Context: A machine, a mechanism, no more than a tool — technological brother to the hoe, the wrench, the hammer — and yet as far a cry from these as the human brain was from that first amino acid which had come into being on this planet when the Earth was very young. One was tempted, Enoch thought, to say that this was as far as a tool could go, that it was the ultimate in the ingenuity possessed by any brain. But that would be a dangerous way of thinking, for perhaps there was no limit, there might, quite likely, be no such condition as the ultimate; there might be no time when any creature or any group of creatures could stop at any certain point and say, this is as far as we can go, there is no use of trying to go farther. For each new development produced, as side effects, so many other possibilities, so many other roads to travel, that with each step one took down any given road there were more paths to follow. There'd never be an end, he thought — no end to anything. Ch. 33

„The Hat replied. It is about the brotherhood of life. Who I am is of no consequence. I am only here to act as an interpreter.“

— Clifford D. Simak
Context: He stirred again, halfway between sleep and wakefulness, and he was not alone. Across the fire from him sat, or seemed to sit, a man wrapped in some all-enveloping covering that might have been a cloak, wearing on his head a conical hat that dropped down so far it hid his face. Beside him sat the wolf — the wolf, for Boone was certain that it was the same wolf with which he'd found himself sitting nose to nose when he had wakened the night before. The wolf was smiling at him, and he had never known that a wolf could smile. He stared at the hat. Who are you? What is this about? He spoke in his mind, talking to himself, not really to the hat. He had not spoken aloud for fear of startling the wolf. The Hat replied. It is about the brotherhood of life. Who I am is of no consequence. I am only here to act as an interpreter. An interpreter for whom? For the wolf and you. But the wolf does not talk. No, he does not talk. But he thinks. He is greatly pleased and puzzled. Puzzled I can understand. But pleased? He feels a sameness with you. He senses something in you that reminds him of himself. He puzzles what you are. In time to come, said Boone, he will be one with us. He will become a dog. If he knew that, said The Hat, it would not impress him. He thinks now to be one with you. An equal. A dog is not your equal...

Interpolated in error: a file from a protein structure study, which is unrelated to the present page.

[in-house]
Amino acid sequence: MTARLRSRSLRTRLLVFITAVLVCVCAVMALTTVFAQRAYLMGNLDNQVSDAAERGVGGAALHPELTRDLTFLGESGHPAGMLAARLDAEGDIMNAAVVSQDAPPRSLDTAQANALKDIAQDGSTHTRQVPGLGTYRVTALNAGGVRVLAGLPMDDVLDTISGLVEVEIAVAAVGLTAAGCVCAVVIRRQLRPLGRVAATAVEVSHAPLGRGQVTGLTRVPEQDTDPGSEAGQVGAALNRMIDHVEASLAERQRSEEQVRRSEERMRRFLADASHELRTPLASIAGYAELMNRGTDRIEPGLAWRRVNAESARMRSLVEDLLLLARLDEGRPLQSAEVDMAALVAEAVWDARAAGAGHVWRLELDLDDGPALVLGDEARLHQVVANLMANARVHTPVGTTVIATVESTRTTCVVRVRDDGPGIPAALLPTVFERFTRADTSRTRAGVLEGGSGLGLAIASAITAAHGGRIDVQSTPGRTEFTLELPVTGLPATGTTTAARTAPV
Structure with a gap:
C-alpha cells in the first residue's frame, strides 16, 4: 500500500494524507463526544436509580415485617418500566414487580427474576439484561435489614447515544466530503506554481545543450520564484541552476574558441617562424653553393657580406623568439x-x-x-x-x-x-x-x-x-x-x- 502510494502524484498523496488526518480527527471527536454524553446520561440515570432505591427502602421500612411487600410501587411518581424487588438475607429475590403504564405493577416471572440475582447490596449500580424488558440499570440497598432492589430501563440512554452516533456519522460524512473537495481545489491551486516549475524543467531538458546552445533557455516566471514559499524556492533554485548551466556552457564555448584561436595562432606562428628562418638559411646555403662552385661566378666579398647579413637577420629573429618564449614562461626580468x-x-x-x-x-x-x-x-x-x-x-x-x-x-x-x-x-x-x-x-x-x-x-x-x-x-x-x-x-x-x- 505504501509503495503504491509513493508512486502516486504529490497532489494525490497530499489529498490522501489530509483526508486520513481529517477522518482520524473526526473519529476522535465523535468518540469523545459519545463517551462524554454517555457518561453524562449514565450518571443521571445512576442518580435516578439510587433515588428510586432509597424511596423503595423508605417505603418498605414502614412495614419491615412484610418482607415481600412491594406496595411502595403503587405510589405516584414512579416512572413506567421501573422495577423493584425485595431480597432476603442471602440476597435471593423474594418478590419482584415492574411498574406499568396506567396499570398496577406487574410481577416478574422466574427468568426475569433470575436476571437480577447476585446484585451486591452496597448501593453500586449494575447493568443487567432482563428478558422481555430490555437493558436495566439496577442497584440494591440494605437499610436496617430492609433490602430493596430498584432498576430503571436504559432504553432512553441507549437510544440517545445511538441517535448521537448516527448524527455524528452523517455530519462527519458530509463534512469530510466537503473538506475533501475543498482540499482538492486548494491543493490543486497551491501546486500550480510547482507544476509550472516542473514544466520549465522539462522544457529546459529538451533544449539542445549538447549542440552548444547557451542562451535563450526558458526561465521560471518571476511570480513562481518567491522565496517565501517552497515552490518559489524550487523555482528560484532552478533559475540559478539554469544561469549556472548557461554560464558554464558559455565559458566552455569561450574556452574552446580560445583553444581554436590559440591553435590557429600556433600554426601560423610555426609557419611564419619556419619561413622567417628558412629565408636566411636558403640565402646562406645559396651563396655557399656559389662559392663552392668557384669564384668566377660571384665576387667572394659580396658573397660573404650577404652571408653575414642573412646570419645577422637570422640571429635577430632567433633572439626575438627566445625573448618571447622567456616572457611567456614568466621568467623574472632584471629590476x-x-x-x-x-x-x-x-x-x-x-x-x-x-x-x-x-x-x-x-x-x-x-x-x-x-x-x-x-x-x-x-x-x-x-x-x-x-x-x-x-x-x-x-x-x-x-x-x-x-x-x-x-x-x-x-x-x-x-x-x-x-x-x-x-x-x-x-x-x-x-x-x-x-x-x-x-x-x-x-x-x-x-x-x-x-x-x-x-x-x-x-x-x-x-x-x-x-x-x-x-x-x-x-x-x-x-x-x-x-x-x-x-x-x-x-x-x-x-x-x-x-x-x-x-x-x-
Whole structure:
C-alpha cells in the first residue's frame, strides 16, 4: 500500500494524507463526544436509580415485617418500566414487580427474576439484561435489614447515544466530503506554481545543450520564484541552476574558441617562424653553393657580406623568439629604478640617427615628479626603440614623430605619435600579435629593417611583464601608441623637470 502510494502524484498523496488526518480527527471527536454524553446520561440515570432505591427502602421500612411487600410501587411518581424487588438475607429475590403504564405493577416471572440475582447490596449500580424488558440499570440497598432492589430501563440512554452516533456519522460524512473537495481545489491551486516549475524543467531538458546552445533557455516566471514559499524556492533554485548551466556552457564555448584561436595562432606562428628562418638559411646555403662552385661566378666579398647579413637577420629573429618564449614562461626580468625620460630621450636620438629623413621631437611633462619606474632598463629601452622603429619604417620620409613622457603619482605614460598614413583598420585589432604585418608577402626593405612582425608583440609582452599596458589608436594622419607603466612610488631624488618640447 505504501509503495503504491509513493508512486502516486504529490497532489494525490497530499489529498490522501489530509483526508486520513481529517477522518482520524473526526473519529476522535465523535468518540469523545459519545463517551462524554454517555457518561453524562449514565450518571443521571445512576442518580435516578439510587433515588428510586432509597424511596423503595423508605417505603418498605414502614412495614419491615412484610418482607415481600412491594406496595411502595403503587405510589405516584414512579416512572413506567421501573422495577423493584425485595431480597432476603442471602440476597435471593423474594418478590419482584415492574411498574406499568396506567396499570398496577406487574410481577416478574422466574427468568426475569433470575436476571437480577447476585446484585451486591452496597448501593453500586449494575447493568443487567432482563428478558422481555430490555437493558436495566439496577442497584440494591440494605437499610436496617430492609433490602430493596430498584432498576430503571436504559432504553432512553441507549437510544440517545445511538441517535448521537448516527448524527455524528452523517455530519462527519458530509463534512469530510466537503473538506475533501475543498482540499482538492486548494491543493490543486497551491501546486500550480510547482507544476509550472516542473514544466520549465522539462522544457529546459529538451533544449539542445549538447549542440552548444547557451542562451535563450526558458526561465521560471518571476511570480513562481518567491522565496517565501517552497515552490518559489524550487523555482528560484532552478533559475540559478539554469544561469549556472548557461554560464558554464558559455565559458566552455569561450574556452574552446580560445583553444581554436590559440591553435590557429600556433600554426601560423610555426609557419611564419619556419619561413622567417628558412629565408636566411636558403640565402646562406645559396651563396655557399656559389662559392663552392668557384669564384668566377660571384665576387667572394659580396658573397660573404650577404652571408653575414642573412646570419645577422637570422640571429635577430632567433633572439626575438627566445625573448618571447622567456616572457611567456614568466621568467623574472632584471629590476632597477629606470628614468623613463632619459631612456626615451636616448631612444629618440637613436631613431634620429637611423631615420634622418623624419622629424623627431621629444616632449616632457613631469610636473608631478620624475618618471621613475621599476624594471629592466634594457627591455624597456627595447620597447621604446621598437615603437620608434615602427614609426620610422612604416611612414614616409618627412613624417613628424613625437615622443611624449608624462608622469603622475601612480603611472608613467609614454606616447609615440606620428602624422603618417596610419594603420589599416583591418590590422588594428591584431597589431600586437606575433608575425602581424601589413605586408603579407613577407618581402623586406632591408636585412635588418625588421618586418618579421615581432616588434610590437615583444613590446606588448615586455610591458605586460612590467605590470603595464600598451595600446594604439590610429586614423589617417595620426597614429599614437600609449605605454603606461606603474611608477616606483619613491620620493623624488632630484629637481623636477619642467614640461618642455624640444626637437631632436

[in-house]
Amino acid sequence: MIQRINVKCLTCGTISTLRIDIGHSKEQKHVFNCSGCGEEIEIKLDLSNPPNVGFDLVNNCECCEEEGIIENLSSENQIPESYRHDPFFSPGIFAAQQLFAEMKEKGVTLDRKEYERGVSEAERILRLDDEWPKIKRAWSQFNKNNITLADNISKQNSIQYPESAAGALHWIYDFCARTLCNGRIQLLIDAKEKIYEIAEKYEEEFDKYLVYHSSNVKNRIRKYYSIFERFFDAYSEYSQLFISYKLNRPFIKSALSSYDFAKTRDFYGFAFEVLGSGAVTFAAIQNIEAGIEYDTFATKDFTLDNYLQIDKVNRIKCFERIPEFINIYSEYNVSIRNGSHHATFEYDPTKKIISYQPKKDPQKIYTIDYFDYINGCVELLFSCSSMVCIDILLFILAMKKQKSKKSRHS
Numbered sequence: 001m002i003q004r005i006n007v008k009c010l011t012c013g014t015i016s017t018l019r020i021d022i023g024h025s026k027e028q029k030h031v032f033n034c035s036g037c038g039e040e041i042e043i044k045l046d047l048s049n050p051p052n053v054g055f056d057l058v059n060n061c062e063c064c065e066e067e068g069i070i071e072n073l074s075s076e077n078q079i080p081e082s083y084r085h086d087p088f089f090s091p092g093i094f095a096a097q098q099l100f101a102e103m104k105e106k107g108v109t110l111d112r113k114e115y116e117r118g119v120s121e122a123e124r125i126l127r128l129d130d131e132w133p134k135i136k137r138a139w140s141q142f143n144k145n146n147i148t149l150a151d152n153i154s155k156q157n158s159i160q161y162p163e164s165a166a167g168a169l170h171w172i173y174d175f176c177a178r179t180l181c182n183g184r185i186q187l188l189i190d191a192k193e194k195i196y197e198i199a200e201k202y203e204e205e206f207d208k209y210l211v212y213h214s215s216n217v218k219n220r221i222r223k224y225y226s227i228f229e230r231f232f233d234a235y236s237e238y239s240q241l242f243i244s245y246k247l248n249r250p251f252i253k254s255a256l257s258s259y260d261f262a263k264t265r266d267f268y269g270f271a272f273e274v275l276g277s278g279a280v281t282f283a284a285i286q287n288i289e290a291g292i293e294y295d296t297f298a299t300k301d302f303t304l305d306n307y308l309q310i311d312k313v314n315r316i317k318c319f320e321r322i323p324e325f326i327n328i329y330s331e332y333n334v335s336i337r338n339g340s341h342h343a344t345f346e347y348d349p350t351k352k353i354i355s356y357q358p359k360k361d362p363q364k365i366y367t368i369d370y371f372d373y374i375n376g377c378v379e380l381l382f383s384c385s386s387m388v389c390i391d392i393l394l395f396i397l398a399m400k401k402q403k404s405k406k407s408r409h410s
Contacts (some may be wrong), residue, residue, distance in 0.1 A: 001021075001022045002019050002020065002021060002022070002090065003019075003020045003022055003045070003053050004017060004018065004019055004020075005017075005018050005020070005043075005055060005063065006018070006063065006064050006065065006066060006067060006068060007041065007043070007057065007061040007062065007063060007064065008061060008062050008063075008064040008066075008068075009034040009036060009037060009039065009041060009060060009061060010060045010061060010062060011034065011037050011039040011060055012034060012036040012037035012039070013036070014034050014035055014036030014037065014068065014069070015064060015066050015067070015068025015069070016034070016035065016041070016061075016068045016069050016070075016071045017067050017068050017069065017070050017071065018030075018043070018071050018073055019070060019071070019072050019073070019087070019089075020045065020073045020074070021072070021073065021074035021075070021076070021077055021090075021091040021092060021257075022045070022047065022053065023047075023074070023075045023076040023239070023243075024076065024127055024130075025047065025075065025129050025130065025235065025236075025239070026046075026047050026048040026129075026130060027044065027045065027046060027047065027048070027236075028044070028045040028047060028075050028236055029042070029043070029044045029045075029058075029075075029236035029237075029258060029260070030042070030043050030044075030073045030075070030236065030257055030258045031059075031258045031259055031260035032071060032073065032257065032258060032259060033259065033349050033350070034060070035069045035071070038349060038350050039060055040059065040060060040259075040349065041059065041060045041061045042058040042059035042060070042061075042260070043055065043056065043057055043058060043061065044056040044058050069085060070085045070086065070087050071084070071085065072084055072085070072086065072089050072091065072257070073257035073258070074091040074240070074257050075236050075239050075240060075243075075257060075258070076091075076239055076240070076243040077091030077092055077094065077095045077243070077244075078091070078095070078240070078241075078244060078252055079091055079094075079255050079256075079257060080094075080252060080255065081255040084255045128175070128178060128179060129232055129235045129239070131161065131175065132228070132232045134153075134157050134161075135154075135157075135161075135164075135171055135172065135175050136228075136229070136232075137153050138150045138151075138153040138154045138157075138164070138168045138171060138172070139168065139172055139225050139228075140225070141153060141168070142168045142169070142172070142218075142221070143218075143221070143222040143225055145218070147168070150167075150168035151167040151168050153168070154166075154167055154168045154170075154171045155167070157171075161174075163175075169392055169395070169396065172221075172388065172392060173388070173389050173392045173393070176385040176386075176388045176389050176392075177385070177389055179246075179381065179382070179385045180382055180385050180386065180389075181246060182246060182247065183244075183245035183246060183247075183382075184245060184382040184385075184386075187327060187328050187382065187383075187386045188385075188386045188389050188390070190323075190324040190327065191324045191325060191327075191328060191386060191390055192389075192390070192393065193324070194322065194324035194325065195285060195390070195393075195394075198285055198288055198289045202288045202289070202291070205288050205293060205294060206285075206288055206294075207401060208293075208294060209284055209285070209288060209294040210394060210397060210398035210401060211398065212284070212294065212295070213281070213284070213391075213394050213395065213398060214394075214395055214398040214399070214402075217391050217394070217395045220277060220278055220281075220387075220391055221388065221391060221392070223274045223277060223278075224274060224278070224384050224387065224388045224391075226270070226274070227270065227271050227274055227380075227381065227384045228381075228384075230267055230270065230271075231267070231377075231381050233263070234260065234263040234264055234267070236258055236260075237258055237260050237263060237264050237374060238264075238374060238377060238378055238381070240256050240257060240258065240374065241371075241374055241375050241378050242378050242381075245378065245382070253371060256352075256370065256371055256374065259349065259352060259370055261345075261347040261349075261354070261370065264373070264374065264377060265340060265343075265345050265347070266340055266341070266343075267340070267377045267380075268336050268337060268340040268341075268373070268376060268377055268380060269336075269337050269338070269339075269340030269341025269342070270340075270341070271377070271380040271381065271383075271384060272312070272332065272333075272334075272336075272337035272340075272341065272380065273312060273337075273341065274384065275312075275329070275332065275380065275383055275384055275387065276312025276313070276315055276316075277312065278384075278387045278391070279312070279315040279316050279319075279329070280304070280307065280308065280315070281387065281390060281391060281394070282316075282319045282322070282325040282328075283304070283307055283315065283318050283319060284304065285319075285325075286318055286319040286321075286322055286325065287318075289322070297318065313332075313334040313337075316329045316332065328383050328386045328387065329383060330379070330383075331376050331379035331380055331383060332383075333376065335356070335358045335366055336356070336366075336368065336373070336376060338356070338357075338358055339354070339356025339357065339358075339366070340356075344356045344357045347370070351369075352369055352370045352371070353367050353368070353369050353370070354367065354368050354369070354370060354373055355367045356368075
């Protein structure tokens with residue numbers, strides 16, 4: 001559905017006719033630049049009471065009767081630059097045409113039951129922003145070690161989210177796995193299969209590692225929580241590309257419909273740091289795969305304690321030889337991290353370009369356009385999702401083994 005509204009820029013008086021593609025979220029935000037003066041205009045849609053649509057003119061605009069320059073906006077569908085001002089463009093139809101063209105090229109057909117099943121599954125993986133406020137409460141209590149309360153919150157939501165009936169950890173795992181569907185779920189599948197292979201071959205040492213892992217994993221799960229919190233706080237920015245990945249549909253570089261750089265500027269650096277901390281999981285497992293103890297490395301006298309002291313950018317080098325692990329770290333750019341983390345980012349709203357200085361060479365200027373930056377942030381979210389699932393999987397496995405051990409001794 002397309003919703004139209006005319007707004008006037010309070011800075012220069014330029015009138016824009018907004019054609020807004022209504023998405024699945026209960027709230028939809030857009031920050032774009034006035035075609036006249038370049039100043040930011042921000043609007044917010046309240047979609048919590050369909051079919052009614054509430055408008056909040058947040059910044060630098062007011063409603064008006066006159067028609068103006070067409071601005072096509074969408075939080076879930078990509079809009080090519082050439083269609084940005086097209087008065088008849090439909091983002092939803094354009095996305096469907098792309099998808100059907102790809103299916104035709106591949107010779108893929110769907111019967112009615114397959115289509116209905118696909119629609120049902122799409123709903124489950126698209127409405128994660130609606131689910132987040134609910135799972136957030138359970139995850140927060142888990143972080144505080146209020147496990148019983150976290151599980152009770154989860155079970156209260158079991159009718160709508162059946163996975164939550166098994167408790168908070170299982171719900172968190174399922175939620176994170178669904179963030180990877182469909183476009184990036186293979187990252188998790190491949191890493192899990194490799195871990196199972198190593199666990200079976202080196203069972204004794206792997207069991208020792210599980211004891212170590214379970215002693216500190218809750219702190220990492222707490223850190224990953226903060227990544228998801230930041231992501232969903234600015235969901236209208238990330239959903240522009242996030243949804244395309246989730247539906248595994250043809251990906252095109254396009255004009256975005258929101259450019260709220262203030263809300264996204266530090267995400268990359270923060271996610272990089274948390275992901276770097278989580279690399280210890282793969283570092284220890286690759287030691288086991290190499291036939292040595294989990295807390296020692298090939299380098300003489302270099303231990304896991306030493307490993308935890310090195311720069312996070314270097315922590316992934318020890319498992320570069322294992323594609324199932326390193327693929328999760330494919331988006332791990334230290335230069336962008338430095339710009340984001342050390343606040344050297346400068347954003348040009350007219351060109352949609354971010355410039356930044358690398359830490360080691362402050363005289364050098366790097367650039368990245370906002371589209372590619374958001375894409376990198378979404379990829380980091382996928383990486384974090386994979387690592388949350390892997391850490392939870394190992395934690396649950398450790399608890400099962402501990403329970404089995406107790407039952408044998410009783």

„That is not what I said. I said the Highway of Eternity.“

— Clifford D. Simak
Context: Boone gulped and swallowed. He spoke to The Hat. "You said the Highway to Eternity?" That is not what I said. I said the Highway of Eternity. "Small difference," Boone told him. Not so small as you might think.

„How strange it is, he thought, how so many senseless things shape our destiny.“

— Clifford D. Simak
Context: How strange it is, he thought, how so many senseless things shape our destiny. For the rifle range had been a senseless thing, as senseless as a billiard table or a game of cards — designed for one thing only, to please the keeper of the station. And yet the hours he'd spent there had shaped toward this hour and end, to this single instant on this restricted slope of ground. Ch. 32

„I have tried at times to place humans in perspective against the vastness of universal time and space.“

— Clifford D. Simak
Context: I have tried at times to place humans in perspective against the vastness of universal time and space. I have been concerned with where we, as a race, may be going and what may be our purpose in the universal scheme — if we have a purpose. In general, I believe we do, and perhaps an important one. As quoted in the Associated Press obituary (27 April 1988)

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„The sun was setting, throwing a fog-like dusk across the stream and trees, and there was a coolness in the air.“

— Clifford D. Simak
Context: The sun was setting, throwing a fog-like dusk across the stream and trees, and there was a coolness in the air. It was time, I knew, to be getting back to camp. But I did not want to move. For I had the feeling that this was a place, once seen, that could not be seen again. If I left and then came back, it would not be the same; no matter how many times I might return to this particular spot the place and feeling would never be the same, something would be lost or something would be added, and there never would exist again, through all eternity, all the integrated factors that made it what it was in this magic moment.

„The people finally know.
They've been told about the mutants.“

— Clifford D. Simak
Context: The people finally know. They've been told about the mutants. And they hated the mutants. Of course, they hated them. They hated them because the existence of the mutants makes them second-class humans, because they are Neanderthalers suddenly invaded by a bow and arrow people.